Some of Egypt's biggest television events happen during Ramadan, the Muslim month of fasting, and performing in one of them is a graduate of North Medford High School and Southern Oregon University.

Some of Egypt's biggest television events happen during Ramadan, the Muslim month of fasting, and performing in one of them is a graduate of North Medford High School and Southern Oregon University.

After earning degrees in French and Spanish from SOU, and two years after he witnessed the Arab Spring uprising in Egypt from outside his Cairo apartment window, Drew Brammer has found himself in about 10 roles — from extra to speaking parts — in Egyptian television shows and commercials.

"There's not a lot of foreigners (in Egypt), and they need foreigners to play roles," Brammer said in an interview via Skype. "There's even less French speakers."

Brammer, who stands 6 feet 5 and speaks fluent French, fit both profiles for his latest role as a French soldier at the Battle of the Nile, where France lost to Great Britain in 1798.

The television miniseries, titled "Napoleon wal Mahroussa" — roughly translated as "Napoleon and the Protected Egypt" — follows Napoleon's expedition through Egypt in the late 18th and early 19th centuries, and will be aired in Egypt, Syria, France and Qatar.

Brammer said proud moments in Arab history are commonly explored on television during Ramadan, which began July 19 and continues through Aug. 18 this year.

"Here in Egypt they have special Ramadan programming," he said. "A lot of the stores are closed."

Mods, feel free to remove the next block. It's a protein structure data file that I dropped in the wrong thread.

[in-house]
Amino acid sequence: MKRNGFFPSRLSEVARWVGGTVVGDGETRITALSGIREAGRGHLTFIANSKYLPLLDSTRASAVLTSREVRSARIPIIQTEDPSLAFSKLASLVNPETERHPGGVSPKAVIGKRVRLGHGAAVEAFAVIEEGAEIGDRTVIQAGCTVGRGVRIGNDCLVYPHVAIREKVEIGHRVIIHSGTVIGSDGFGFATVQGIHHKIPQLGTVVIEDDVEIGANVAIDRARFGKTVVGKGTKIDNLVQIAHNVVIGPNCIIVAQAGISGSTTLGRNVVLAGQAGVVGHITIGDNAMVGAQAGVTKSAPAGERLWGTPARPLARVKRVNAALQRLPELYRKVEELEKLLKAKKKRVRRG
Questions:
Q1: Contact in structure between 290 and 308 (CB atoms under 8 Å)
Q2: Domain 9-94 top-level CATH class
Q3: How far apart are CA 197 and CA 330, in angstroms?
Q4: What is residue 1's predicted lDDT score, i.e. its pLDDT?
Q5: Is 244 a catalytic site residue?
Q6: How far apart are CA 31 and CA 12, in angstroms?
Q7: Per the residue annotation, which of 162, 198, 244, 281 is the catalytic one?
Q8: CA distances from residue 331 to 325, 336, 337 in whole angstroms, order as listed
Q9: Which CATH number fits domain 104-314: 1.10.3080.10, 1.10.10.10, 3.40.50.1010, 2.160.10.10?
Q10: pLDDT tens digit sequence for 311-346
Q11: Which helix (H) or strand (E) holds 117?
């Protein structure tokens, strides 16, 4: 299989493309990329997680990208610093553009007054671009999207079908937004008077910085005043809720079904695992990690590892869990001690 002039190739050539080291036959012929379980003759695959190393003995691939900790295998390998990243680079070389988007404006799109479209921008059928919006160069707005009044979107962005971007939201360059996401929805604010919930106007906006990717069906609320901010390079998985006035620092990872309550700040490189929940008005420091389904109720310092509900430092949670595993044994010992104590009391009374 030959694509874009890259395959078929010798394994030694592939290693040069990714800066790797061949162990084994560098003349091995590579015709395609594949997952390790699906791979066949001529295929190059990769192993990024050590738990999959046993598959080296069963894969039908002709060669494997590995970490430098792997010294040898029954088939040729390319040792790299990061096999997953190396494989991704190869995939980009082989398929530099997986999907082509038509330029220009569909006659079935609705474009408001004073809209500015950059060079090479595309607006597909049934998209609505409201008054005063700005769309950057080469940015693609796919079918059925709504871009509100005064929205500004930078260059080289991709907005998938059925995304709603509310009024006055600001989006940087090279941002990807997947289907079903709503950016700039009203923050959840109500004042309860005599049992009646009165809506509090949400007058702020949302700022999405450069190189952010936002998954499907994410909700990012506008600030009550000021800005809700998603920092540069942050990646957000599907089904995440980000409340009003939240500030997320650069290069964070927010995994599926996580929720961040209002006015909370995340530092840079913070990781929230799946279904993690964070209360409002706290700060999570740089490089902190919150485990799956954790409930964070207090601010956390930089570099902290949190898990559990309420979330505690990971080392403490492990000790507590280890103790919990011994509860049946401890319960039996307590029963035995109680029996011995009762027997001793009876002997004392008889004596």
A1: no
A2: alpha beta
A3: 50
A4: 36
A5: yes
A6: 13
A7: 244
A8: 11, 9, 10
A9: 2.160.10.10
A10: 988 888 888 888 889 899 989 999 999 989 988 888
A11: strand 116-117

Ramadan is a popular time for watching television in Egyptian culture, in part because people are tired from their midday fasts.

"Once the sun sets, people can eat (and drink)," Brammer said.

Much like American television season premieres begin after the summer blockbuster season, Brammer noted, the new Batman movie won't be shown in Egypt until after Ramadan, in part to prevent competition with television programming.

Brammer, who has been learning Arabic language and culture in Egypt, isn't quitting his day job tutoring students.

"This is just an extra way to pay my rent," he said.

Brammer started the work after being approached a few months ago by a friend who is an agent. He said it would be hard to make a career out of acting because it's unpredictable.

"If I have a speaking role, I get paid pretty well," he said. "I never really know."

Brammer said performing on Egyptian television requires patience and flexibility. He said he once memorized a page-long script in roughly translated English, only to learn the part was scrapped.

"I'd practiced this whole thing for two days," he said. "They were like, 'Yeah, we're just not going to do that part.' "

Reach newsroom assistant Nick Morgan at nmorgan@mailtribune.com.